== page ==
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Red Scare Racism and Cold War Black Radicalism$
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James Zeigler

Print publication date: 2015

Print ISBN-13: 9781496802385

Published to University Press of Mississippi: January 2017

DOI: 10.14325/mississippi/9781496802385.001.0001

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Essaying to Be an Exile: Richard Wright Following The God That Failed

Essaying to Be an Exile: Richard Wright Following The God That Failed

Chapter:
(p.58) Chapter Two Essaying to Be an Exile: Richard Wright Following The God That Failed
Source:
Red Scare Racism and Cold War Black Radicalism
Author(s):

James Zeigler

Publisher:
University Press of Mississippi
DOI:10.14325/mississippi/9781496802385.003.0003

This chapter describes how an anthology of essays by ex-Communists, The God That Failed, presented international audiences with the anticommunist discourse that flourished in the United States. As the only African American contributor, Richard Wright was essential. His literary achievements and his criticism of Communists were cited to discredit the Soviet Union’s propaganda about American racism. Addressing how Wright could be affiliated with the CIA-sponsored Congress for Cultural Freedom’s disavowal of U.S. responsibility for the damaging Cold War world order, the chapter explains that his essay “I Tried to Be a Communist” and the related volume Black Boy could only be presented in concert with The God That Failed after others’ involvement in editing Wright’s work. An extended treatment of the unpublished “I Choose Exile” shows that Ebony magazine’s rejection and then suppression of the piece further denied American public culture Wright’s prescient insight into Red Scare racism.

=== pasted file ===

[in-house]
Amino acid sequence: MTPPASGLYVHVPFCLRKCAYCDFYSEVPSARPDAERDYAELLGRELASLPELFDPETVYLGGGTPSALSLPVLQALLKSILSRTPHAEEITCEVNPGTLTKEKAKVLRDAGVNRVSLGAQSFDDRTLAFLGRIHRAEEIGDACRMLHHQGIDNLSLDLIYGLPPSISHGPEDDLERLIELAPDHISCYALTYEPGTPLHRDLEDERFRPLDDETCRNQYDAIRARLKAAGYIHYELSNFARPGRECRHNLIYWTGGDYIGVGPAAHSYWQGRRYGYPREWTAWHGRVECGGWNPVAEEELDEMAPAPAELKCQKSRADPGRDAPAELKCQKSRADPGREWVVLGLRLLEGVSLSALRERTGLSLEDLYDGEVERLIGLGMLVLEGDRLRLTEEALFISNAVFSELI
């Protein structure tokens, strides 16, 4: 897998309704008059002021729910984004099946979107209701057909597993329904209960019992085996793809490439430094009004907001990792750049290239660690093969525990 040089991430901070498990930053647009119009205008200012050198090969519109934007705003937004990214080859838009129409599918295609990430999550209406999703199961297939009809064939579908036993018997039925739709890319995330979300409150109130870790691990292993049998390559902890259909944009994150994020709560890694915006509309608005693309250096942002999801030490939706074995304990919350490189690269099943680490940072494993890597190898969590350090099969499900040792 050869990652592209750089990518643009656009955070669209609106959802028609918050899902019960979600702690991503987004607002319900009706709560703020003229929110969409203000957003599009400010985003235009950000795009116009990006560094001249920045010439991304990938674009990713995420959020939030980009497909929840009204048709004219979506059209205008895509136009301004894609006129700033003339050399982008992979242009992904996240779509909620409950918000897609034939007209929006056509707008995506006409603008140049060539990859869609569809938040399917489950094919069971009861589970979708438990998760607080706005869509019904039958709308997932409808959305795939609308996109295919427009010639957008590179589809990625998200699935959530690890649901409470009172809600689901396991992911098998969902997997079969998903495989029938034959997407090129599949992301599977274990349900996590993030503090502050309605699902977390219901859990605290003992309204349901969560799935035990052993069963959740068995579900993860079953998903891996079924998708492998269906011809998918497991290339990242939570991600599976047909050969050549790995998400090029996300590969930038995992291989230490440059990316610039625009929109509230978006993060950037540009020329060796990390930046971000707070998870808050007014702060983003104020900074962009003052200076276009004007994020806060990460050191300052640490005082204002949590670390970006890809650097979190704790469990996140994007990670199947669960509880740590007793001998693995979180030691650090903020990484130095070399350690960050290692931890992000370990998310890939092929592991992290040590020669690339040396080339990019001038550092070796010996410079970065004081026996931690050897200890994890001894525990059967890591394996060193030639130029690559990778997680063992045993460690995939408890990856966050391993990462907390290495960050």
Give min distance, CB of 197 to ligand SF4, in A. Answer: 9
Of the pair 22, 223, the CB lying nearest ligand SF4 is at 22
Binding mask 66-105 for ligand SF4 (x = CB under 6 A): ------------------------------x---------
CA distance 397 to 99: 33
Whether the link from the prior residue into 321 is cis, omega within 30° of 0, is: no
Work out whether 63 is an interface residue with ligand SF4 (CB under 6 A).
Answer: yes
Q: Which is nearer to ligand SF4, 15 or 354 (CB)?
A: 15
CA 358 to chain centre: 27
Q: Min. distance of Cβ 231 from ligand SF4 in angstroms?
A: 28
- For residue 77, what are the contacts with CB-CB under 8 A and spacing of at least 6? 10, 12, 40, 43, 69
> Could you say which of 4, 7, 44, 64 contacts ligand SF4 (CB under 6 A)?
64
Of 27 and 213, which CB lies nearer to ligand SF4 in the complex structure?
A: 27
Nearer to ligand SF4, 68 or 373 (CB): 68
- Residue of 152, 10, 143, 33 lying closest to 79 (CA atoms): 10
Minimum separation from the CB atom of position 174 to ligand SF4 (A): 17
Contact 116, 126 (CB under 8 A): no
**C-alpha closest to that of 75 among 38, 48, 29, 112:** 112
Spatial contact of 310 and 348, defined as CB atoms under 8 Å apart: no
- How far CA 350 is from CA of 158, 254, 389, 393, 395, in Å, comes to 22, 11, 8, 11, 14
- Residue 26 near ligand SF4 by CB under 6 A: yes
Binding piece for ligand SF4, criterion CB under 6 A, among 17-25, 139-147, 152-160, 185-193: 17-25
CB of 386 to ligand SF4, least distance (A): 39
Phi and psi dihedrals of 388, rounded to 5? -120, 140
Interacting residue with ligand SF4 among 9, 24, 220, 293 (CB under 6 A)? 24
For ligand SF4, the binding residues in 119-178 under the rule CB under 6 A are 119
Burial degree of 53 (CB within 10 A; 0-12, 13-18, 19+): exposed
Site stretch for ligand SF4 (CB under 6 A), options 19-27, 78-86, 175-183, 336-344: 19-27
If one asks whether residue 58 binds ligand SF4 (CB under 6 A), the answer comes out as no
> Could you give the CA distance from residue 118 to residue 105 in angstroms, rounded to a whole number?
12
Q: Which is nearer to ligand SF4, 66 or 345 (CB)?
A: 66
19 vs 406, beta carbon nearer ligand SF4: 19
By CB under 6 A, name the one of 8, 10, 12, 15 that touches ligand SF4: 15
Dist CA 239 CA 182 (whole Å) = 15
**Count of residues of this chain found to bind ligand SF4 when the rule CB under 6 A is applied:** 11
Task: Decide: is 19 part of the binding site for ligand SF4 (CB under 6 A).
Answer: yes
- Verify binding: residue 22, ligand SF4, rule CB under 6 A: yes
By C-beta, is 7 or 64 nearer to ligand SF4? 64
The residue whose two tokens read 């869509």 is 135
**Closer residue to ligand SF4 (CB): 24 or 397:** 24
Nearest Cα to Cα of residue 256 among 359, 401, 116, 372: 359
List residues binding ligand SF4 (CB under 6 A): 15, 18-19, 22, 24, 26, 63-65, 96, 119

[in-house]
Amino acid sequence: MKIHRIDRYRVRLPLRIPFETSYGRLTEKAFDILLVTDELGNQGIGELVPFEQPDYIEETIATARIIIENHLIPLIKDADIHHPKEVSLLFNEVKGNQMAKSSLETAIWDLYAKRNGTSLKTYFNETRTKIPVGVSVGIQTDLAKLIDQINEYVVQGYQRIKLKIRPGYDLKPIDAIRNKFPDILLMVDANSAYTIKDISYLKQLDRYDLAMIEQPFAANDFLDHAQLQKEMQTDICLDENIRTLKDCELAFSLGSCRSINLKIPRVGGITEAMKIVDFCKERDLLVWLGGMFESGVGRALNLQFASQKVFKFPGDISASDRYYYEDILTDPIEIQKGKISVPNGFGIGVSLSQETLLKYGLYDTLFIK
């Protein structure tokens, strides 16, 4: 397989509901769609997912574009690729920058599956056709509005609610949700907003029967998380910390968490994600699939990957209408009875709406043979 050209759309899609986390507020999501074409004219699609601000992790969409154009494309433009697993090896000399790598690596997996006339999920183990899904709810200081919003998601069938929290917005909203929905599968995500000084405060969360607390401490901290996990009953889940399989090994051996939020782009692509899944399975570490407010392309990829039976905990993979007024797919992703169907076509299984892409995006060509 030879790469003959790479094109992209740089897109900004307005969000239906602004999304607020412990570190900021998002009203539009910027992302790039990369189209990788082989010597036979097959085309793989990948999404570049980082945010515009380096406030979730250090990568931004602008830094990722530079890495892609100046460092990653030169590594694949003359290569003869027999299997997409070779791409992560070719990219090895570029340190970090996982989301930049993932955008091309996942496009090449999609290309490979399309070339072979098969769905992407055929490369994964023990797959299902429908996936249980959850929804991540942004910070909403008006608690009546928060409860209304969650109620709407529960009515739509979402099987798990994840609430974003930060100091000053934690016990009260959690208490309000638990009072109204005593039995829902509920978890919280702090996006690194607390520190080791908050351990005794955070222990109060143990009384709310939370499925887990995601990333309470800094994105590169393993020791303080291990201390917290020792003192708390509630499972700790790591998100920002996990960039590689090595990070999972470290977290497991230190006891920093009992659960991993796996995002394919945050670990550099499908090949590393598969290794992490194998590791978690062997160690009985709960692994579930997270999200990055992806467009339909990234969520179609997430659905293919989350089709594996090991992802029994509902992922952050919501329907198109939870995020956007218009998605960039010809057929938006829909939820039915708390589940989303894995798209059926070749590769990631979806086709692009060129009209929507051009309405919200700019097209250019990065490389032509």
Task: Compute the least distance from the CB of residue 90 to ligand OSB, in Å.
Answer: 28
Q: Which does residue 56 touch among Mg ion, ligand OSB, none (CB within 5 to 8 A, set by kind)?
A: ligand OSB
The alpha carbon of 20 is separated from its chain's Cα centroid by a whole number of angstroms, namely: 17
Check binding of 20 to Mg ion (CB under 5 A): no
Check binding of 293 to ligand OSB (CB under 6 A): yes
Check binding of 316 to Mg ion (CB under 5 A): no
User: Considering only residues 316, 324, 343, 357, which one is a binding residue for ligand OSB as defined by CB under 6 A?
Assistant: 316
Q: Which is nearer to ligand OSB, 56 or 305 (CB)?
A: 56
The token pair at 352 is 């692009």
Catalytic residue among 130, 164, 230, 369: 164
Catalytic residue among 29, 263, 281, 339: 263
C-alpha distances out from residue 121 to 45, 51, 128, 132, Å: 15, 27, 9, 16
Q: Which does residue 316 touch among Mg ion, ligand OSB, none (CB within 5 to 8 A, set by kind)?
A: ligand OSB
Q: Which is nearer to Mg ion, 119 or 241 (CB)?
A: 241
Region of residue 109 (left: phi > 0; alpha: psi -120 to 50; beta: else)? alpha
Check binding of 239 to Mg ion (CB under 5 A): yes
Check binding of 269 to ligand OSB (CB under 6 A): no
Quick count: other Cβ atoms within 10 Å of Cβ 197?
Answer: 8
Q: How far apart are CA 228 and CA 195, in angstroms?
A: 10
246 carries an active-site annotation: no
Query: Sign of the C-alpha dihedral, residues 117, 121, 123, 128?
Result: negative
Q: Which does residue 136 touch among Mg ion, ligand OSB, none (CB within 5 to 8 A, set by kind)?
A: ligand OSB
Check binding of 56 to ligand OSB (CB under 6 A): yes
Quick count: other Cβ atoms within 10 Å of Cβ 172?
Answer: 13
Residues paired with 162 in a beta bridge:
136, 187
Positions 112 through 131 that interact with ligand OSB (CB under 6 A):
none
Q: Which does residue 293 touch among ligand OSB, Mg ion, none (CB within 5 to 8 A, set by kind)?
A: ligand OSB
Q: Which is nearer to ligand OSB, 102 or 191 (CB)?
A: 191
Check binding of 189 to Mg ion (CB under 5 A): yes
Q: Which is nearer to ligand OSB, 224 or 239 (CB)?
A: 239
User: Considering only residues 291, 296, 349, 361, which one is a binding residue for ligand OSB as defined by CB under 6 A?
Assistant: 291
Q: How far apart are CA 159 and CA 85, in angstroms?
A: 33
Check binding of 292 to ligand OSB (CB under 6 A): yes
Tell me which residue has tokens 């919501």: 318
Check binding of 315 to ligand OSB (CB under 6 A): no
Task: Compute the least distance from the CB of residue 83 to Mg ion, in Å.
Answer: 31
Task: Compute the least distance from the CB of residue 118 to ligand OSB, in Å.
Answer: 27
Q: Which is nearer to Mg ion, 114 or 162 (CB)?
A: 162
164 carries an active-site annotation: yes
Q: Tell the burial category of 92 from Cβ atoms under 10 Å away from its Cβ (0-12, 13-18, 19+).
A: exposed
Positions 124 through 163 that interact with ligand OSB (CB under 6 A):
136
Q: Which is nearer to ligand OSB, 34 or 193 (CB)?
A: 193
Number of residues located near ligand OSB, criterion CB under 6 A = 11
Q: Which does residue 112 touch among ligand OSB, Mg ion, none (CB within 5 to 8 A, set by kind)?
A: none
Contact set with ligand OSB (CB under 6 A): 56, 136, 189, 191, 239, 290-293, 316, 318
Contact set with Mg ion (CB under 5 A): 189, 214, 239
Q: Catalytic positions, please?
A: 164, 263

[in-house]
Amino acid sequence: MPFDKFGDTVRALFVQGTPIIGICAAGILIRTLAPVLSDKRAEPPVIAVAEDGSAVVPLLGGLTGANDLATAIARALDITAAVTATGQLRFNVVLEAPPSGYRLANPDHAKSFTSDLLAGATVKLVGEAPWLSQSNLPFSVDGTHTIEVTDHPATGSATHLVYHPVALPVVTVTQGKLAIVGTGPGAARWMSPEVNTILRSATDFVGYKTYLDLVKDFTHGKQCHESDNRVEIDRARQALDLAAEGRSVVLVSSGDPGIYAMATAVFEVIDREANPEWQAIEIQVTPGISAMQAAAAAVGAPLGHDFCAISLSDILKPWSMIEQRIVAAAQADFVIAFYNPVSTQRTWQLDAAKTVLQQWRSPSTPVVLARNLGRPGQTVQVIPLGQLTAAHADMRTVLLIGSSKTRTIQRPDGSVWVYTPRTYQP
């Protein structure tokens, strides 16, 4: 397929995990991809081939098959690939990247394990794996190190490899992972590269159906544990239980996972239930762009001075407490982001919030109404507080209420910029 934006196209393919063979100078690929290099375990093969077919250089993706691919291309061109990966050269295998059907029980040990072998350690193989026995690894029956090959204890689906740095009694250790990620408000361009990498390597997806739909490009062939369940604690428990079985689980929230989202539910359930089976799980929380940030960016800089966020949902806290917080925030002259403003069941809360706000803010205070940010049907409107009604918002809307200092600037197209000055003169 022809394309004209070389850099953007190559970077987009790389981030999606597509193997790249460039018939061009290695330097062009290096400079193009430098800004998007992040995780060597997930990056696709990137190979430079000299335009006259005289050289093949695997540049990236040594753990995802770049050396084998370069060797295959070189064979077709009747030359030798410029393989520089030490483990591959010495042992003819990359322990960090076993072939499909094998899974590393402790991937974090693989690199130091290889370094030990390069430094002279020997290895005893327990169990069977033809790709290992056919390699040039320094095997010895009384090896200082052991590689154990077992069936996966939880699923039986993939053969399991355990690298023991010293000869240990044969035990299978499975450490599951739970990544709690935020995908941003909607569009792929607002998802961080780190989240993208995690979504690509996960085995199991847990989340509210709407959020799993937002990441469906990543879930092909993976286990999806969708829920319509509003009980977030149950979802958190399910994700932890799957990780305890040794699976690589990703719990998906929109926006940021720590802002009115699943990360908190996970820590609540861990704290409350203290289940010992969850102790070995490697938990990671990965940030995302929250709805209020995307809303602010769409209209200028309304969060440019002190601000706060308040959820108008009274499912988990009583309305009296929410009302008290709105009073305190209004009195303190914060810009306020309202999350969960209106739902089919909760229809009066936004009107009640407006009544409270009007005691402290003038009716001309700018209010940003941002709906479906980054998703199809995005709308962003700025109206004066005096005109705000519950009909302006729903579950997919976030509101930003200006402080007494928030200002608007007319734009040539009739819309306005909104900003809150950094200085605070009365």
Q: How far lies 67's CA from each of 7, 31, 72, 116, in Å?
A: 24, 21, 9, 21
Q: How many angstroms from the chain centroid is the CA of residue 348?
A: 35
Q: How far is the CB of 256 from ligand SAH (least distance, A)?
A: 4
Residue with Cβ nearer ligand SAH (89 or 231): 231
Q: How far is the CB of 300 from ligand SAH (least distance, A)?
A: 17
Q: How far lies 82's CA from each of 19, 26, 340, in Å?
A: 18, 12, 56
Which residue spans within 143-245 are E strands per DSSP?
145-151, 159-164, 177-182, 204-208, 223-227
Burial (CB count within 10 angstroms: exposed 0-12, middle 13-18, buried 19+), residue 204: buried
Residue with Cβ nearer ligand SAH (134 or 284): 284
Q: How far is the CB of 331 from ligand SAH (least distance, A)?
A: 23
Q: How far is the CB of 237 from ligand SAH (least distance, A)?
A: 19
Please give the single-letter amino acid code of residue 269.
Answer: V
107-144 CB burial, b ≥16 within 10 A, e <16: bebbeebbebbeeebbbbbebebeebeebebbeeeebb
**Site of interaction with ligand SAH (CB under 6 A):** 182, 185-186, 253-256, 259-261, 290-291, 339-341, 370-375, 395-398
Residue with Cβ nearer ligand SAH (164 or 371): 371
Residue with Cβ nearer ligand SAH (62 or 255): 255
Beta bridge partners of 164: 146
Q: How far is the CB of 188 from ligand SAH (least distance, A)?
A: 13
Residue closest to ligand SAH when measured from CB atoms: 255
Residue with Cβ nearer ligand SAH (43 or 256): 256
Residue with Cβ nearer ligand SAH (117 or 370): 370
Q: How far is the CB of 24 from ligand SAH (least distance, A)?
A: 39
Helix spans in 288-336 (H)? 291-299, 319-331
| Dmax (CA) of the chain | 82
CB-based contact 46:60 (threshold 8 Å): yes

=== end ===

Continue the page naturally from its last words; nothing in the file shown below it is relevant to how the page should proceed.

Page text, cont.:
Keywords:   Richard Wright, The God That Failed, Black Boy, Congress for Cultural Freedom, “I Choose Exile”

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